Music

Bruce Springsteen Broke From His Scripted Broadway Show And Blasted Trump’s ‘Inhumane’ Border Policy

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For 146 consecutive shows, Bruce Springsteen has managed to stick to a very strict strip while onstage at the Walter Kerr Theater in New York, performing his celebrated Broadway show. Last night he finally broke. President Donald Trump’s policy of separating children from their parents at the border who are seeking asylum has proven to be a breaking point for many Americans, and it seems Springsteen included.

During the show, he deviated from the script and spoke directly to the crowd to call the policy “inhumane,” while taking “senior people in government” to task for enforcing it. “For 146 shows, I have played pretty much the same set every night. Tonight demands something different,” he said before busting into a rendition of his rarely-performed 1995 song “The Ghost Of Tom Joad.” He later shared his full remarks on his website:

“I never believed that people come to my shows, or rock shows to be told anything.

But I do believe that they come to be reminded of things. To be reminded of who they are, at their most joyous, at their deepest, when life feels full. It’s a good place to get in touch with your heart and your spirit, to be amongst the crowd. And to be reminded of who we are and who we can be collectively. Music does those things pretty well sometimes, particularly these days when some reminding of who we are and who we can be isn’t such a bad thing.

That weekend of the March for our Lives, we saw those young people in Washington, and citizens all around the world, remind us of what faith in America and real faith in American democracy looks and feels like. It was just encouraging to see all those people out on the street and all that righteous passion in the service of something good. And to see that passion was alive and well and still there at the center of the beating heart of our country.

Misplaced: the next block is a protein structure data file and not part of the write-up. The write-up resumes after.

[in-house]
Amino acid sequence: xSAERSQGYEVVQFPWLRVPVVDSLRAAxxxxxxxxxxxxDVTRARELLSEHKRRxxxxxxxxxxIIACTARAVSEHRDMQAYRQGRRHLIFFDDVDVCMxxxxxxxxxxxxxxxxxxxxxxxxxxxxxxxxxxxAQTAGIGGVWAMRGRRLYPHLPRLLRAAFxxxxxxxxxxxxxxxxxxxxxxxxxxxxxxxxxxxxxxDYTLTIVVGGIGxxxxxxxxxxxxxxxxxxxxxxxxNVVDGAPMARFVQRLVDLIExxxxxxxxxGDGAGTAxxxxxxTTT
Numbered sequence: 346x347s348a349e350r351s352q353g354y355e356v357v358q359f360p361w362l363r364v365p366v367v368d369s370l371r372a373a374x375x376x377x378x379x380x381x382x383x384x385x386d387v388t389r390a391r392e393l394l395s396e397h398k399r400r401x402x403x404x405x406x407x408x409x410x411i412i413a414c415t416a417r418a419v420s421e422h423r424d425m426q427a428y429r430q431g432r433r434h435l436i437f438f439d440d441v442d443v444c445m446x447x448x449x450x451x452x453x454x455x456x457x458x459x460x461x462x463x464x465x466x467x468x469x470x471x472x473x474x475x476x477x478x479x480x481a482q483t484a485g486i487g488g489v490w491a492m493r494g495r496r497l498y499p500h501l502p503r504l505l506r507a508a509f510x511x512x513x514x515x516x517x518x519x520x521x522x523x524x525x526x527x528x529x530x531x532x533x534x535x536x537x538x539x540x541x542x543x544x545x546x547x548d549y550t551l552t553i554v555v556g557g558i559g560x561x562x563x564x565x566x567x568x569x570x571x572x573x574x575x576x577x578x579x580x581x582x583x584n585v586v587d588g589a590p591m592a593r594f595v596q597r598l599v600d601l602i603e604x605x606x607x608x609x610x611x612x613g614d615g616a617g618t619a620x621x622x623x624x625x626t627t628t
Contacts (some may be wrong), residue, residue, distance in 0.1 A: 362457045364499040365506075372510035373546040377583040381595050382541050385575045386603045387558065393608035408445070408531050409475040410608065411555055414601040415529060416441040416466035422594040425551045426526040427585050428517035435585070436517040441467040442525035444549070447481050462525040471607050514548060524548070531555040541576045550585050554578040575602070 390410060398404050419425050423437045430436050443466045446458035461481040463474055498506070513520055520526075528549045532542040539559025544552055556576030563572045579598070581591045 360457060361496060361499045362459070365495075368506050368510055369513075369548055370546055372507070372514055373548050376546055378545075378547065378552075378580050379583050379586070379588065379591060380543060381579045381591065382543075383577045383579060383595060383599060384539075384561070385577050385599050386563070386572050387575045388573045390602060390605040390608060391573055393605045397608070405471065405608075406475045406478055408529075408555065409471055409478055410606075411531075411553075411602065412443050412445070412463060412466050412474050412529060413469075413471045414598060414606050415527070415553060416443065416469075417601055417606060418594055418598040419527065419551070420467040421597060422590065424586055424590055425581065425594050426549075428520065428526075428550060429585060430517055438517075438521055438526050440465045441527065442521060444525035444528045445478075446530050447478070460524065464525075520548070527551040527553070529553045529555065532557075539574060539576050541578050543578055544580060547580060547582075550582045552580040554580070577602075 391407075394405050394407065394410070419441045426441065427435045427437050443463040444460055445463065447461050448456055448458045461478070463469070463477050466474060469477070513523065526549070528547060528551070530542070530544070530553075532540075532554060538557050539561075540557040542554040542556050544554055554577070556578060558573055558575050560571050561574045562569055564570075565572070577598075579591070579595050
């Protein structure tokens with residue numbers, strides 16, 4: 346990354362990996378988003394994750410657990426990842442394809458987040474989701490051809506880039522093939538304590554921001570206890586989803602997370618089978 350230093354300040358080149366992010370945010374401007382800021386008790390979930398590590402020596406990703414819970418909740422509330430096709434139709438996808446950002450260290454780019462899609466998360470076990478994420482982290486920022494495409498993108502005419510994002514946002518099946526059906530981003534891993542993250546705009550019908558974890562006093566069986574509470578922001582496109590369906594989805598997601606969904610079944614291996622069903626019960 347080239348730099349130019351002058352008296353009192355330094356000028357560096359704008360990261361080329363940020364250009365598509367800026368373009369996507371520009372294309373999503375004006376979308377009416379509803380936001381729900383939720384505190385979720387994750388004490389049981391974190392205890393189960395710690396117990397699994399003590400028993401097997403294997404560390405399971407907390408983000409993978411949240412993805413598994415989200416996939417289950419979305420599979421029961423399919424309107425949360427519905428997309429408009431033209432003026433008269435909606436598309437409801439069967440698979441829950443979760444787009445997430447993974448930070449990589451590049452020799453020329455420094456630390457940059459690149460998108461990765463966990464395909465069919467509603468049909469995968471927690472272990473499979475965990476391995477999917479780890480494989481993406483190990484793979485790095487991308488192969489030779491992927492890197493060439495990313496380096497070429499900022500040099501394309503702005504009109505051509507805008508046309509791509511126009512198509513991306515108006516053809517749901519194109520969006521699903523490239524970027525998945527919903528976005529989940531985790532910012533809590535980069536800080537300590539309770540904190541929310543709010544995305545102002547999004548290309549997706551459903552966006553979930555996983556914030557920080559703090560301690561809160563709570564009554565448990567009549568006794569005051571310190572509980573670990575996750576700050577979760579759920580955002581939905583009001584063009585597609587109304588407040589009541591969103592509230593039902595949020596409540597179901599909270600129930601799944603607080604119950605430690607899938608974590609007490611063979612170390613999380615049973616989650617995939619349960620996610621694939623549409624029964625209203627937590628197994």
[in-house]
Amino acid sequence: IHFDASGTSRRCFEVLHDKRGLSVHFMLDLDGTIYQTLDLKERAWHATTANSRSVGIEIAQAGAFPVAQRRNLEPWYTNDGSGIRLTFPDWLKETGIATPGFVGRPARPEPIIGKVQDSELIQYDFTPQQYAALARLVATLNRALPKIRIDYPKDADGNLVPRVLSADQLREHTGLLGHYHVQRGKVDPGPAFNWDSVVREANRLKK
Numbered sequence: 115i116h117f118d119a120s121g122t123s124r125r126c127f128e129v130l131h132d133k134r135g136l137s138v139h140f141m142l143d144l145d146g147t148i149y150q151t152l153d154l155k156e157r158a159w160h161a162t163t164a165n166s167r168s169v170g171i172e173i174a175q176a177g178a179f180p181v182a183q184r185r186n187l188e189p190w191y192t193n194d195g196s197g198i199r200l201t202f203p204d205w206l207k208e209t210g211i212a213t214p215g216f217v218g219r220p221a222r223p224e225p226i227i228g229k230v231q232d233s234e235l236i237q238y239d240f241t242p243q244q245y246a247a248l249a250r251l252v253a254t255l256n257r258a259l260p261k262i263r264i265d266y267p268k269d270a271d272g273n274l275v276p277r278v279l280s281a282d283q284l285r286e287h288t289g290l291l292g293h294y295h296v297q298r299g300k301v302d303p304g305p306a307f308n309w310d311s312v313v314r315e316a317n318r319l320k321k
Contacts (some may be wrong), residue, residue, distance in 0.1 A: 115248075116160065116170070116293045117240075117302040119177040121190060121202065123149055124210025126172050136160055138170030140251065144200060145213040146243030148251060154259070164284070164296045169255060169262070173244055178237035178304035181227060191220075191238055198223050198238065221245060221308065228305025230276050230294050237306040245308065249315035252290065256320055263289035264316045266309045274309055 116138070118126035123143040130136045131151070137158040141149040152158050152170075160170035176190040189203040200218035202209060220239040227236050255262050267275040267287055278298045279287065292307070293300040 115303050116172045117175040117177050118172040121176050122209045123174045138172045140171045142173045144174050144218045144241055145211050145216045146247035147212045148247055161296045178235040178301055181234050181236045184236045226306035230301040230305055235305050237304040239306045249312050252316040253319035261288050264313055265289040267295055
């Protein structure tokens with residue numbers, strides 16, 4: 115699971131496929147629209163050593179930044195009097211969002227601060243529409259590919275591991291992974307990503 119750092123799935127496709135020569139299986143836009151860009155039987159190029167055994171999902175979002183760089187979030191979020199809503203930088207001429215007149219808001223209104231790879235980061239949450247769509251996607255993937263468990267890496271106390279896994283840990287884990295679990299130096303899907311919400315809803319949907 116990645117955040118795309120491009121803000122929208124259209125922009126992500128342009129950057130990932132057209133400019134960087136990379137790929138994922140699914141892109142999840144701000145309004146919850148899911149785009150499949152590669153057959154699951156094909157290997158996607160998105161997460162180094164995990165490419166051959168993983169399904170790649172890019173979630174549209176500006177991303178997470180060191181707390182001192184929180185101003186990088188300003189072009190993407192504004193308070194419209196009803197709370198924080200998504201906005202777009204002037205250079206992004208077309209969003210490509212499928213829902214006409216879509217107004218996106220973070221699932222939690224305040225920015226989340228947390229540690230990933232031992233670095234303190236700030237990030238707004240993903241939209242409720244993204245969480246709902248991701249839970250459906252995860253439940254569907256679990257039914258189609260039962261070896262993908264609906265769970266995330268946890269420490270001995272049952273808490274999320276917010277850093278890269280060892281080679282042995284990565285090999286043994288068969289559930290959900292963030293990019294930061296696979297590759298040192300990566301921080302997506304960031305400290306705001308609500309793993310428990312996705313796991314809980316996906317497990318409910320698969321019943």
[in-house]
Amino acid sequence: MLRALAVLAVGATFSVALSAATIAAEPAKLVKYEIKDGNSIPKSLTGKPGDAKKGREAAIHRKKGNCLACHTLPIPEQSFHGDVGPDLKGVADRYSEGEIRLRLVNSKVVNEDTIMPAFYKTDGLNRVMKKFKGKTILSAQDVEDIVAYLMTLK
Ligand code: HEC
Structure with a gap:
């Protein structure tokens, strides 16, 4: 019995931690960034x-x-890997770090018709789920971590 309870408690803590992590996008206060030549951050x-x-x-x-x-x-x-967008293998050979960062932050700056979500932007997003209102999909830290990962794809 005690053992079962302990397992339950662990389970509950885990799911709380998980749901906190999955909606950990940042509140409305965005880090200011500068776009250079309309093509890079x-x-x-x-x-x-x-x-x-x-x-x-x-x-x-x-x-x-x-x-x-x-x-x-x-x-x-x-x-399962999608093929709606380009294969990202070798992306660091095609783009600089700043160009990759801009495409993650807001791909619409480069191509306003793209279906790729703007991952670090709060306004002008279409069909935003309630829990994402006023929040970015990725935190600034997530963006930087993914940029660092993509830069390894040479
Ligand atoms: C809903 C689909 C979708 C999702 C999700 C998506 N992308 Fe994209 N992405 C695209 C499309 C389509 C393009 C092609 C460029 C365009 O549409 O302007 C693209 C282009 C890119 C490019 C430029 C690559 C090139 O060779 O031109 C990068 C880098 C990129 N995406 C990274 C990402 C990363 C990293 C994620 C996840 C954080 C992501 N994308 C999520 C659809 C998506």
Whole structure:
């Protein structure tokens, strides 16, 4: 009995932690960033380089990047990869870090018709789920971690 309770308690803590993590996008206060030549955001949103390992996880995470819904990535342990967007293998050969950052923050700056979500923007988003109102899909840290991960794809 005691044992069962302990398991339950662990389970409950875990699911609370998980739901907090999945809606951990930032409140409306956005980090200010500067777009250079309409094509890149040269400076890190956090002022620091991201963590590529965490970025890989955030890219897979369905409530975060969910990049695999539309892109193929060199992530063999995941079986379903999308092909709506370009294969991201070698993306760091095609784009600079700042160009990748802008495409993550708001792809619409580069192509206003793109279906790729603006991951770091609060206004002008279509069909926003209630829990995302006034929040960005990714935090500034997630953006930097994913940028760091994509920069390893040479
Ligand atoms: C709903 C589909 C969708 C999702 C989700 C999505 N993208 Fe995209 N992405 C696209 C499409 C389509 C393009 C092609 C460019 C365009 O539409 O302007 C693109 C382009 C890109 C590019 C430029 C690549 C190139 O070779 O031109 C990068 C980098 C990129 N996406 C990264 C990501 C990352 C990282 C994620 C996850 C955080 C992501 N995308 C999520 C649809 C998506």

It was a good day, and a necessary day because we are seeing things right now on our American borders that are so shockingly and disgracefully inhumane and un-American that it is simply enraging. And we have heard people in high position in the American government blaspheme in the name of God and country that it is a moral thing to assault the children amongst us. May God save our souls.

There’s the beautiful quote by Dr. King that says the arc of the moral universe is long but it bends toward justice. Now, there have been many, many days of recent when you could certainly have an argument over that. But I’ve lived long enough to see that in action and to put some faith in it. But I’ve also lived long enough to know that arc doesn’t bend on its own. It needs all of us leaning on it, nudging it in the right direction day after day. You gotta keep, keep leaning.

I think it’s important to believe in those words, and to carry yourself, and to act accordingly. It’s the only way that we keep faith and keep our sanity.

I’ve played this show 146 nights with basically the same setlist, but tonight calls for something different.”

It’s easy to see why Springsteen chose to play “The Ghost Of Tom Joad” to express his frustration and anger with the state of things in this country. Through the verse he sings, “Wherever somebody’s fighting for a place to stand / Or a decent job or a helping hand / Wherever somebody’s struggling to be free / Look in their eyes, ma, and you’ll see me.”

As you might expect, Springsteen isn’t the only rock star who’s had enough of the Trump administration’s border policy. During a recent show in London, Pearl Jam frontman Eddie Vedder took the President to task during the intro to “Love Boat Captain,” saying ,”I would like to send this one to the guy who is in the White House back in the United States. I would like him to hear it, but he doesn’t listen to music or read books. Could someone tweet this to him or something? For moms and dads and children being separated at the border. That isn’t the country I remember.” Then he yelled, “F*ck you!” over and over again.

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